Amenmesse (also Amenmesses or Amenmose) was the fifth pharaoh of the Nineteenth Dynasty in Ancient Egypt, possibly the son of Merneptah and Queen Takhat. Others consider him to be one of the innumerable sons of Ramesses II. Very little is known about this pharaoh, who ruled Egypt for only three to four years. Various Egyptologists date his reign between 1202 BC–1199 BC or 1203 BC–1200 BC with others giving an accession date of 1200 BC. Amenmesse means "born of or fashioned by Amun" in Egyptian. Additionally, his nomen can be found with the epithet Heqa-waset, which means "Ruler of Thebes". His royal name was Menmire Setepenre.


Bintanath (or Bentanath) was the firstborn daughter and later Great Royal Wife of the Egyptian Pharaoh Ramesses II.

Flinders Petrie

Sir William Matthew Flinders Petrie, FRS, FBA (3 June 1853 – 28 July 1942), commonly known as Flinders Petrie, was an English Egyptologist and a pioneer of systematic methodology in archaeology and preservation of artefacts. He held the first chair of Egyptology in the United Kingdom, and excavated many of the most important archaeological sites in Egypt in conjunction with his wife, Hilda Petrie. Some consider his most famous discovery to be that of the Merneptah Stele, an opinion with which Petrie himself concurred.Petrie developed the system of dating layers based on pottery and ceramic findings.

Great Karnak Inscription

The Great Karnak Inscription is an ancient Egyptian hieroglyphic inscription belonging to the 19th dynasty Pharaoh Merneptah. A long epigraph, it was discovered at Karnak in 1828–1829. According to Wilhelm Max Müller, it is "one of the famous standard texts of Egyptology... [and has been] ... one of the greatest desiderata of scholars for many years."The Great Karnak Inscription is located on the west (inside) of the east wall of the Cachette Court, in the Precinct of Amun-Re of the Karnak temple complex, in modern Luxor. It runs from the fourth pylon of the great sanctuary to the eighth pylon.It was first identified by Champollion, and later partly published by Karl Richard Lepsius.It includes a record of the campaigns of this king against the Sea Peoples.The 79-line inscription (which has now lost about a third of its content) shows the king's campaigns and eventual return with booty and prisoners.It is the longest surviving continuous monumental text from Egypt.It has been designated KIU 4246 by the Centre Franco-Égyptien d'Étude des Temples de Karnak.

Great Sphinx of Tanis

The Great Sphinx of Tanis is a granite sculpture of a sphinx, dated to the 26th century BC. It was discovered in the ruins of the Temple of Amun-Ra in Tanis, Egypt's capital during the 21st Dynasty and the 23rd Dynasty. All that is left of its original inscription are the parts alluding to pharaohs Amenemhat II (12th Dynasty), Merneptah (19th Dynasty) and Shoshenq I (22nd Dynasty). It is on display at the Louvre, which acquired it in 1826.

Hori I (High Priest of Ptah)

Hori was the High Priest of Ptah at the very end of the reign of Ramesses II. Hori succeeded Neferronpet in office.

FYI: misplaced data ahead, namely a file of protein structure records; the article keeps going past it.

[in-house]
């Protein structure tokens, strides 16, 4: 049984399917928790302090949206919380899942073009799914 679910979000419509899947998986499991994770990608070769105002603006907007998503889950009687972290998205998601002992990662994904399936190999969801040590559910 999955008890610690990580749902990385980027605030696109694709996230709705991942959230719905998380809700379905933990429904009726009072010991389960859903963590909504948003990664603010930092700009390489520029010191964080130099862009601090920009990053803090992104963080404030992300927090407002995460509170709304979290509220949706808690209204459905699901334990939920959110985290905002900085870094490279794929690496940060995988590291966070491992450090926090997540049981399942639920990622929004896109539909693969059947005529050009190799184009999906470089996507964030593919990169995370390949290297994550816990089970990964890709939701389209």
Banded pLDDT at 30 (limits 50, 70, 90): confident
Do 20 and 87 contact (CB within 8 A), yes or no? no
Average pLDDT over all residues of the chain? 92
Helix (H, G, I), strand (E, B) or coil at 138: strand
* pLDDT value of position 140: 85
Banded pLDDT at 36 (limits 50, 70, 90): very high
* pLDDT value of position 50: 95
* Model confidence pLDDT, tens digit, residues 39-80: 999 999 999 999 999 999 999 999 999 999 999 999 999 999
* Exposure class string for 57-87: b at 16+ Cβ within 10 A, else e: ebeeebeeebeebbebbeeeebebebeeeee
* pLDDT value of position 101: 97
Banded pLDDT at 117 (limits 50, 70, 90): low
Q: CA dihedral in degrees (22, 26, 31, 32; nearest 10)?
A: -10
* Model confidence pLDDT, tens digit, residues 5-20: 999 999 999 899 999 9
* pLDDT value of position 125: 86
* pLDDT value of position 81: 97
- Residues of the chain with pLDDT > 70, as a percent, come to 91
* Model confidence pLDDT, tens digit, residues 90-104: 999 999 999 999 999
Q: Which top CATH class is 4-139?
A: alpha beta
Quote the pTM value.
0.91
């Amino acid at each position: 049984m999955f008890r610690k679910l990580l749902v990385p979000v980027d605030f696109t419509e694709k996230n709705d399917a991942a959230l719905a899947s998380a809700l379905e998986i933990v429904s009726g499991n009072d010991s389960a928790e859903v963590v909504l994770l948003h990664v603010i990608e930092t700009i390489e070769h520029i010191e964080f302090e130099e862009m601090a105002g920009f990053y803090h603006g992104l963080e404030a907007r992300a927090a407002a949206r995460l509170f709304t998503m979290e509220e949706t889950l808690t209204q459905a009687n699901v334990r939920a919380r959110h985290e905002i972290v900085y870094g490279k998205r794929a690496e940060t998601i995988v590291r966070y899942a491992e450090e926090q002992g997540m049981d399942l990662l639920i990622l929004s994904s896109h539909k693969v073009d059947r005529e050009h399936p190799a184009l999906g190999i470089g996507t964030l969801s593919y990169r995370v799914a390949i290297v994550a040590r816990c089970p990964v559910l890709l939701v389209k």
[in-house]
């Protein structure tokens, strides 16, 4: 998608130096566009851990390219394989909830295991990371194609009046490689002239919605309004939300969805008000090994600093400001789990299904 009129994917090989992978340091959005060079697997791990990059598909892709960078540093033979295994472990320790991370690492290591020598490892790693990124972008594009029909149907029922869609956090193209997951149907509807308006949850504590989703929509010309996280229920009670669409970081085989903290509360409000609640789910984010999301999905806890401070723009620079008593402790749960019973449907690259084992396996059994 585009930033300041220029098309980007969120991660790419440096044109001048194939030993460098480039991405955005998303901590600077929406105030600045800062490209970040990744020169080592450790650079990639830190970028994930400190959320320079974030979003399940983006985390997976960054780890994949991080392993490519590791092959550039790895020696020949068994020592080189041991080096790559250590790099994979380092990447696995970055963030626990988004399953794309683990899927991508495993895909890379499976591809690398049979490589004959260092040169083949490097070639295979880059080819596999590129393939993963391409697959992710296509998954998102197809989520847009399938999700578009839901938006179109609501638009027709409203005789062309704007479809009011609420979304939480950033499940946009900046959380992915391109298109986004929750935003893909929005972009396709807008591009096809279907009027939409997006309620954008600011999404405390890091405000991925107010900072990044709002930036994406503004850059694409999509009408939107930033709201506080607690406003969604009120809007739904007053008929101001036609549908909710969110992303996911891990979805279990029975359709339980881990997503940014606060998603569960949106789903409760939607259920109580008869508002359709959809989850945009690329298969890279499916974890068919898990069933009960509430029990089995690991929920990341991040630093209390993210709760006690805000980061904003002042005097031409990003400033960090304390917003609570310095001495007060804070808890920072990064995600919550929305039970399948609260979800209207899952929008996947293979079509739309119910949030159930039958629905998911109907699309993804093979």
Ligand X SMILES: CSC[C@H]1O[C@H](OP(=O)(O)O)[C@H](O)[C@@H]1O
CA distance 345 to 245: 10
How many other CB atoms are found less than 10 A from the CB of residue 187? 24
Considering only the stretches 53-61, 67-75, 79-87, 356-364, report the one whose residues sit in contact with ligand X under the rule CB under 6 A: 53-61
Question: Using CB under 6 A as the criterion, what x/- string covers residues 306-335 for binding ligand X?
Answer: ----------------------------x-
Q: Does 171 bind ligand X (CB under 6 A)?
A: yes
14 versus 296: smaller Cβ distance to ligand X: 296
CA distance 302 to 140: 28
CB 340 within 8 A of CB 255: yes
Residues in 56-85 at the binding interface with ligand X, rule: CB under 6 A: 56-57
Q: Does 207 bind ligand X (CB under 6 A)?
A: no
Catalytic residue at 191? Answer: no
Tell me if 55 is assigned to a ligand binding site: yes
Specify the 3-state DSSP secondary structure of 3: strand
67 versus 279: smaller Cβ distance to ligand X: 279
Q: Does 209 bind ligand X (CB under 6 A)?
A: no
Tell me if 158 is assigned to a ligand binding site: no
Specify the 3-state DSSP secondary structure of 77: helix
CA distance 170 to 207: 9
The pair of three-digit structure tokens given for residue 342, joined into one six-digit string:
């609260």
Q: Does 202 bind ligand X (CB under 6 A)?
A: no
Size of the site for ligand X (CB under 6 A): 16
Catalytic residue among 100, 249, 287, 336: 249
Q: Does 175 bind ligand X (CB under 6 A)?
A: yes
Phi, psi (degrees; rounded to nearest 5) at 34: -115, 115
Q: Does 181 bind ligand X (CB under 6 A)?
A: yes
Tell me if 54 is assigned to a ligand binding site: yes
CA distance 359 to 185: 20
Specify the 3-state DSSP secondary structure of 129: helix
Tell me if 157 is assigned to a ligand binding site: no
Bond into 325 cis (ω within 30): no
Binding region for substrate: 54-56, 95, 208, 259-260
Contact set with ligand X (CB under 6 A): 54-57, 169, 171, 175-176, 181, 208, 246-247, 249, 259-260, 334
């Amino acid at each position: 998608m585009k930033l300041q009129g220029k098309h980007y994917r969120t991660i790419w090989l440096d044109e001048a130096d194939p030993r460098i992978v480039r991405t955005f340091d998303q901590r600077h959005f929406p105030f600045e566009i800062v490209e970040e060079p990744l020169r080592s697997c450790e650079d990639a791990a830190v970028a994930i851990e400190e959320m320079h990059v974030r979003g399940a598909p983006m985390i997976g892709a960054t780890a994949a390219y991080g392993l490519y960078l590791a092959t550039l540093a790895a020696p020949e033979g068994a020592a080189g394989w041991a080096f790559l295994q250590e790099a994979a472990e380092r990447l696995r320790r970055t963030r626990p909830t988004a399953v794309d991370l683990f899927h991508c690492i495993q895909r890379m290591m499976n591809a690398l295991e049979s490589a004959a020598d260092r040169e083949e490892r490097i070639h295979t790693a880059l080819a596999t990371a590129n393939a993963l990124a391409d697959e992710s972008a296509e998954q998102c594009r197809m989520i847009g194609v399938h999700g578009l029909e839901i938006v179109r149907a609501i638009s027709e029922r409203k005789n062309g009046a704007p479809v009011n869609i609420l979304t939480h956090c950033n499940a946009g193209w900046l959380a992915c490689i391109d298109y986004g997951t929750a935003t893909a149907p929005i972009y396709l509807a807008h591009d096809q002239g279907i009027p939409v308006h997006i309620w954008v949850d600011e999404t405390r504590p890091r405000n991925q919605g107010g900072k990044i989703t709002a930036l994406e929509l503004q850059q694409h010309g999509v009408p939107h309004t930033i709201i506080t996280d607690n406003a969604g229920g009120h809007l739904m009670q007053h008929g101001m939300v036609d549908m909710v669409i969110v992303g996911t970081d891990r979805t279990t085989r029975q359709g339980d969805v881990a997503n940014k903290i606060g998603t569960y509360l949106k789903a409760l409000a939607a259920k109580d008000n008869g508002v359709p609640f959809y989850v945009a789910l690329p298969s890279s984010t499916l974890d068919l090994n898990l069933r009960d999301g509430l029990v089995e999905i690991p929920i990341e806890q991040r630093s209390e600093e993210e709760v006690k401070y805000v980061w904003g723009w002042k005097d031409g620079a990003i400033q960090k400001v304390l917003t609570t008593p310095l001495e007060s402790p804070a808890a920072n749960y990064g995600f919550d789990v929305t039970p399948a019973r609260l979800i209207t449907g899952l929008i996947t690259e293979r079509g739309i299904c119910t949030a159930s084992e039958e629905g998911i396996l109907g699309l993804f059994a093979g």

Hori was a son of prince Khaemwaset and hence a grandson of Ramesses II. Hori had an older brother named Ramesses who had served as Sem priest of Ptah. It was Hori however who would eventually follow in his father's footsteps and become high priest. Hori also had a sister named Isetnofret. It is possible that Isetnofret married her uncle Merneptah and served as his queen. If so, Hori would have been both a nephew and a brother-in-law to pharaoh Merneptah, the thirteenth son and successor of Ramesses II.Hori is attested on:

A pillar originally from his tomb in Saqqara. Hori uses the titles Noble, Chief in charge of Both Lands, Sem Priest and High Priest. He is explicitly said to be the son of Khaemwaset.

A stela (BM 167) from the Scribe of the Royal Harem named Ptahemwia.


Isetnofret (or Isis-nofret or Isitnofret) (Ancient Egyptian: "the beautiful Isis") was one of the Great Royal Wives of Pharaoh Ramesses II and was the mother of his heir, Merneptah. She was one of the most prominent of the royal wives, along with Nefertari, and was the chief queen after Nefertari's death (around the 24th year of the pharaoh's reign).


The Libu (Ancient Egyptian: rbw; also transcribed Rebu, Lebu) were an Ancient Libyan Berber large group of tribes, from which the name Libya derives.

Merneptah Stele

The Merneptah Stele—also known as the Israel Stele or the Victory Stele of Merneptah—is an inscription by the ancient Egyptian Pharaoh Merneptah (reign: 1213 to 1203 BC) discovered by Flinders Petrie in 1896 at Thebes, and now housed in the Egyptian Museum in Cairo.The text is largely an account of Merneptah's victory over the Libyans and their allies, but the last 3 of the 28 lines deal with a separate campaign in Canaan, then part of Egypt's imperial possessions. The stele is sometimes referred to as the "Israel Stela" because a majority of scholars translate a set of hieroglyphs in line 27 as "Israel". Alternative translations have been advanced but are not widely accepted.The stela represents the earliest textual reference to Israel and the only reference from ancient Egypt. It is one of four known inscriptions, from the Iron Age, that date to the time of and mention ancient Israel, under this name, the others being the Mesha Stele, the Tel Dan Stele, and the Kurkh Monolith. As a result, some consider the stele to be Flinders Petrie's most famous discovery, an opinion with which Petrie himself concurred.